21 42 Part 1 Financial Reporting and the Accounting Cycle EXHIBIT 9 Illustrated Statement of Retained Earnings for Safeway Safeway, Inc. Illustrated Statement of Retained Earnings For the Year Ended December 31, 2005 (in millions) Retained earnings, January 1, $4,678.0 Plus net income for the year $5,239.1 Less dividends (67.4) Retained earnings, December 31, $5,171.7 statement of retained earnings A report that shows the changes in retained earnings during a period of time. It is worth taking a moment to review just what exactly Retained Earnings is and what Retained Earnings isn t. Retained Earnings is the amount of earnings of a business that have been retained in the business (hence, the name Retained Earnings). The earnings that have not been retained in the business have been distributed to owners in the form of a dividend. The earnings that have been retained have been reinvested back into the business to become inventory and equipment and to pay down debt. To see where a company has reinvested the earnings it has retained would require you to examine the assets on the firm s balance sheet. Odds are that many of those assets will have been provided by the earnings that have been reinvested in the business. Now, what isn t Retained Earnings? Retained Earnings is not cash. Some of the earnings that have been retained in a business may be retained in the form of cash, but it is more likely that the cash has been used to purchase other assets or to pay off liabilities. Students often make the mistake of assuming that if a company has Retained Earnings, the company has cash. That is not true. To determine how much cash a company has, you would examine the balance in the company s cash account not the balance in the company s retained earnings account. Corporations sometimes present a statement of stockholders equity instead of a statement of retained earnings. The statement of stockholders equity is more detailed and includes changes in capital stock as well as changes in retained earnings. REMEMBER THIS... Income statement a report of a company s performance for a particular period of time Revenue an INCREASE in a company s resources through a normal business transaction Expense a DECREASE in a company s resources through a normal business transaction Net income equal to revenues minus expenses and represents the net amount of assets created through business operations during a particular period of time Format usually several years of income statement data are reported side by side for comparison Computation of retained earnings retained earnings is equal to the total earnings that have been retained in the company; this amount accumulates each year and is computed as beginning retained earnings plus net income minus dividends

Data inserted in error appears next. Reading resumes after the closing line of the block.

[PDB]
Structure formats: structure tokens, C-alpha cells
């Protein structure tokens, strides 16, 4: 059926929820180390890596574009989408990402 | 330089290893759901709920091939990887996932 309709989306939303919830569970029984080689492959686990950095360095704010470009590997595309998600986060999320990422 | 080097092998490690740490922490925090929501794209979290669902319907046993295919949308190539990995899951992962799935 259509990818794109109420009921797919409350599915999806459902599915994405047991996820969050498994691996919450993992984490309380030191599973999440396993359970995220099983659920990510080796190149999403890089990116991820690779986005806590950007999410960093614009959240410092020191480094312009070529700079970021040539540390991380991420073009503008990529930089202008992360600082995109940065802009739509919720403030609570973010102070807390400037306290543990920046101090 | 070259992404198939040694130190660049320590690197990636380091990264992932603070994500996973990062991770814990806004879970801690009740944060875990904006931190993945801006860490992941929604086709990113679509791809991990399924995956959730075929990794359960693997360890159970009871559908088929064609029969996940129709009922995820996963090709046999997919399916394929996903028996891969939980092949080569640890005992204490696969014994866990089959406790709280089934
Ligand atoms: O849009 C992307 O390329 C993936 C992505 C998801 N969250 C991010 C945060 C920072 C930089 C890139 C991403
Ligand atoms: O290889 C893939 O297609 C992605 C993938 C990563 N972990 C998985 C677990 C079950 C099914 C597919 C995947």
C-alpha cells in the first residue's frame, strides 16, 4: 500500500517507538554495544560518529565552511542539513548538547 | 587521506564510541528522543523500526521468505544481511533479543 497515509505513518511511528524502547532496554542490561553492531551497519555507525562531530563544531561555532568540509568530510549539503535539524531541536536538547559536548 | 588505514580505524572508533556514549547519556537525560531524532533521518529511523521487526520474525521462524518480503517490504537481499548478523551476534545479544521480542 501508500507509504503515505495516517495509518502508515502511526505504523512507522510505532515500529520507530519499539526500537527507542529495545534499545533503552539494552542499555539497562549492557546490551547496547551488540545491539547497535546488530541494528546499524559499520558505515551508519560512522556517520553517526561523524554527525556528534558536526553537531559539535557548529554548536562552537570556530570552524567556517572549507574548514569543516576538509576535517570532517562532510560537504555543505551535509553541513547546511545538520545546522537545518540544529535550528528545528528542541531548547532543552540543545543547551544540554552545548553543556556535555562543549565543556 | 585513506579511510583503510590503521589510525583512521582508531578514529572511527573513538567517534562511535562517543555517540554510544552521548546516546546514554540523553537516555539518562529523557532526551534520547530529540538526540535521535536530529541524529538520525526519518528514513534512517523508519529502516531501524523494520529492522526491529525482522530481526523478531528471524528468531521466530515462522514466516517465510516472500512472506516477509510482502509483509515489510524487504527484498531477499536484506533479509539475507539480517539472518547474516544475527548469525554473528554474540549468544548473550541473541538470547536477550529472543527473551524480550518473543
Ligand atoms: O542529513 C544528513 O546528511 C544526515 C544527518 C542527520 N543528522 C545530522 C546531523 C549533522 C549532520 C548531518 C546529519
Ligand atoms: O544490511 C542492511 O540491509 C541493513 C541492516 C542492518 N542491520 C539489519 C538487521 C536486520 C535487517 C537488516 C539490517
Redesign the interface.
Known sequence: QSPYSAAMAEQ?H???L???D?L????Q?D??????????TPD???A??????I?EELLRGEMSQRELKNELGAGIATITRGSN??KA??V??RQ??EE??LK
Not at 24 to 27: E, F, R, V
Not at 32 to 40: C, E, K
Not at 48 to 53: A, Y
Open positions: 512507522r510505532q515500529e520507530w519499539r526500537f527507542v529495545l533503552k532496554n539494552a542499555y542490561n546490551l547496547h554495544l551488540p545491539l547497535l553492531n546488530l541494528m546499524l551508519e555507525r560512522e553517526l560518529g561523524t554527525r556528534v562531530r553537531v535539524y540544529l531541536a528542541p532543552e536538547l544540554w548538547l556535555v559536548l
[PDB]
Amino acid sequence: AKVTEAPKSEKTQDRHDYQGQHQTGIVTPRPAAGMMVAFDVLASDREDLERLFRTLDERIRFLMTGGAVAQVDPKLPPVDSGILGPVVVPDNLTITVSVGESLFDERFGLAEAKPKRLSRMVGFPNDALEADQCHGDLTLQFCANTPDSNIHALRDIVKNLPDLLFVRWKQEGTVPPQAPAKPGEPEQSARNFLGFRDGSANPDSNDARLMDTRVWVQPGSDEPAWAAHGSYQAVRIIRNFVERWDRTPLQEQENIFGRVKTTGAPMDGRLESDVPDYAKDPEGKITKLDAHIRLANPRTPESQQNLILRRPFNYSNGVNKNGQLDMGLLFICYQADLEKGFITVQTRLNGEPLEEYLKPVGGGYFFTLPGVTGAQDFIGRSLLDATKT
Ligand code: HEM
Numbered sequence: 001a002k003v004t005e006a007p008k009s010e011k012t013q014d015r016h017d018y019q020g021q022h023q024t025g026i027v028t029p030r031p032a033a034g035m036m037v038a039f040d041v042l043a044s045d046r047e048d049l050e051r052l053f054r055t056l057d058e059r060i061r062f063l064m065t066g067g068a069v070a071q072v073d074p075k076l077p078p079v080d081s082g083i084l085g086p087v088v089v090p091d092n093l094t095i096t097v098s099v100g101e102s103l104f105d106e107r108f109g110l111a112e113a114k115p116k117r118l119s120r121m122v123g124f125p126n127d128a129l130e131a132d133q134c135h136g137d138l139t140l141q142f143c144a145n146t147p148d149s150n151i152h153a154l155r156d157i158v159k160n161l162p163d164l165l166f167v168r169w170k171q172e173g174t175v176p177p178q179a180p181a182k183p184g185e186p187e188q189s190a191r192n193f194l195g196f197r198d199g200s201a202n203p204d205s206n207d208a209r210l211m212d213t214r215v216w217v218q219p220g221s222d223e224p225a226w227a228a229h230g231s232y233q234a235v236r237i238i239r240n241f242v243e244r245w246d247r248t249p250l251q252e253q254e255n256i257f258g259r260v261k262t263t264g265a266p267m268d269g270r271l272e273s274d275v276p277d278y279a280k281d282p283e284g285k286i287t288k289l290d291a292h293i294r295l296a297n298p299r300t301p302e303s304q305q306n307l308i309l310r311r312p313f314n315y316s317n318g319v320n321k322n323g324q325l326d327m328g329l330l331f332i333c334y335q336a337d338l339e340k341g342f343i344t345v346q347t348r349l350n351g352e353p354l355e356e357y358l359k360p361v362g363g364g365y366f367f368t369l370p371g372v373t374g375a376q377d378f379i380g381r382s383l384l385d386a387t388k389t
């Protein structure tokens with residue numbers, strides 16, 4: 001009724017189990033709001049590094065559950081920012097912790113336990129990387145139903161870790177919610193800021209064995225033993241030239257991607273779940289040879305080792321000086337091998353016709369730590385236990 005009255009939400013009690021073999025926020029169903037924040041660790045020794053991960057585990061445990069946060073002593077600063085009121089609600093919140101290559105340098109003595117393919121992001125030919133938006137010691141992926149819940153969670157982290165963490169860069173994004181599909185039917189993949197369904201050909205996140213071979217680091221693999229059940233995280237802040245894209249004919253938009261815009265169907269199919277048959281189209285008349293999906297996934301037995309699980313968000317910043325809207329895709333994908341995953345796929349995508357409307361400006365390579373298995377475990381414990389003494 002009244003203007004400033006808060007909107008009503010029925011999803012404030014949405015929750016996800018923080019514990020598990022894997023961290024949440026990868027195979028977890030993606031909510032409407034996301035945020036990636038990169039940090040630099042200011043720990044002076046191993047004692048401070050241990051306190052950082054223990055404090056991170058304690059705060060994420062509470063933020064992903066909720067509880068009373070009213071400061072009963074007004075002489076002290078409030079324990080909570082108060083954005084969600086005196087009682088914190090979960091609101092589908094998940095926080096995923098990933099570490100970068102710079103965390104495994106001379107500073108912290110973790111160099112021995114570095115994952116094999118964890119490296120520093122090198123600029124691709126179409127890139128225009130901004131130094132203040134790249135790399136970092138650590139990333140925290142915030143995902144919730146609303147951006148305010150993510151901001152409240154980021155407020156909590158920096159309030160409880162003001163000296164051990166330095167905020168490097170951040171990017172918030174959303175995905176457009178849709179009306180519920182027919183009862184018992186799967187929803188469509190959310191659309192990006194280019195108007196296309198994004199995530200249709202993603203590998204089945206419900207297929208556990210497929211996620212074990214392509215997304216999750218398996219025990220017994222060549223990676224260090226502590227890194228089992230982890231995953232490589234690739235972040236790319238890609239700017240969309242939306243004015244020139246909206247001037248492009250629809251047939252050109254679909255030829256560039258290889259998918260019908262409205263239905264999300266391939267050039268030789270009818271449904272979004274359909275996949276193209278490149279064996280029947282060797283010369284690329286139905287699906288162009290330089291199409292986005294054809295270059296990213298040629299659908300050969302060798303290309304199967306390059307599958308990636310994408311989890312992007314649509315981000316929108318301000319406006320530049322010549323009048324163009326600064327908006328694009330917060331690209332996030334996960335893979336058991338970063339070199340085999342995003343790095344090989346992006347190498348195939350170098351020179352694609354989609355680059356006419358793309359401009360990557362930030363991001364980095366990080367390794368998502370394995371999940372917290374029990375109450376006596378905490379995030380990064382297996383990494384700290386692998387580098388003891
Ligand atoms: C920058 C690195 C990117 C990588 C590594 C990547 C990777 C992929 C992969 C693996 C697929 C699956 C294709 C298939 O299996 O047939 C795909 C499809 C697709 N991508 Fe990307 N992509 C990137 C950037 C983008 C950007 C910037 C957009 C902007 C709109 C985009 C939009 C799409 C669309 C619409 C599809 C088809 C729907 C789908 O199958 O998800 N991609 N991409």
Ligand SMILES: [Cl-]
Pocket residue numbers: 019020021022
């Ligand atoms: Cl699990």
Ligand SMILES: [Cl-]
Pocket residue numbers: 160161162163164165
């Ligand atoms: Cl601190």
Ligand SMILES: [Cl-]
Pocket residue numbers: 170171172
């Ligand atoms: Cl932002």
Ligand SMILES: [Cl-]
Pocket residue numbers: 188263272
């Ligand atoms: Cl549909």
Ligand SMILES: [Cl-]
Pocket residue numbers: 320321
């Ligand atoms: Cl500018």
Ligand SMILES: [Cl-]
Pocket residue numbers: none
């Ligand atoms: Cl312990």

22 Financial Statements: An Overview Chapter 2 43 Understand the categories and uses of the statement of cash flows and see how the primary financial statements tie together. 3 The Statement of Cash Flows Net income is the single best measure of a company s economic performance. However, anyone who has paid rent or college tuition knows that bills must be paid with cash, not with economic performance. Accordingly, in addition to net income, investors and creditors also desire to know how much actual cash a company s operations generate during a period and how that cash is used. The statement of cash flows shows the cash inflows (receipts) and cash outflows (payments) of an entity during a period of time. As shown in Exhibit 10, companies receive cash primarily by selling goods or providing services, by selling other assets, by borrowing, and by receiving cash from investments by owners. Companies use cash to pay current operating expenses such as wages, utilities, and taxes; to purchase additional buildings, land, and otherwise expand operations; to repay loans; and to pay their owners a return on the investments that have been made. In the statement of cash flows, individual cash flow items are classified according to three main activities: operating, investing, and financing. operating activities Activities that are part of the day-to-day business of a company. investing activities Activities associated with buying and selling long-term assets. financing activities Activities whereby cash is obtained from or repaid to owners and creditors. Operating Activities Operating activities are those activities that are part of the day-to-day business of a company. Cash receipts from selling goods or from providing services are the major operating cash inflow. Major operating cash outflows include payments to purchase inventory and to pay wages, taxes, interest, utilities, rent, and similar expenses. Investing Activities The primary investing activities are the purchase and sale of land, buildings, and equipment. You can think of investing activities as those activities associated with buying and selling long-term assets. Financing Activities Financing activities are those activities whereby cash is obtained from or repaid to owners and creditors. For example, cash received from owners investments, cash proceeds from a loan, or cash payments to repay loans would all be classified under financing activities. Conceptually, the statement of cash flows is the easiest to prepare of the three primary financial statements. Imagine examining every check and deposit slip you have written in the past year and sorting them into three piles operating, investing, and financing. You would have to exercise some judgment in deciding which pile some items go into (for example, is the payment of interest an operating or a financing activity?). But overall, the three-way categorization of cash flows is not that difficult. In essence, this is all that is involved in the preparation of a statement of cash flows. As you will see in Chapter 13, however, actual preparation of a statement of cash flows can sometimes be challenging. Exhibit 11 contains the statement of cash flows for Safeway for 2005 and As with balance sheets and income statements, companies usually provide comparative statements of cash flows. How can Safeway report such a small amount of income on the income statement and yet be generating almost $2 billion in cash flow from operating activities? The simple answer is that Safeway reported a large number of noncash expenses on its 2005 income statement. This issue gets at the heart of accrual accounting which is introduced in Chapter 4. The details relating to the statement of cash flows will be explored in Chapter 13.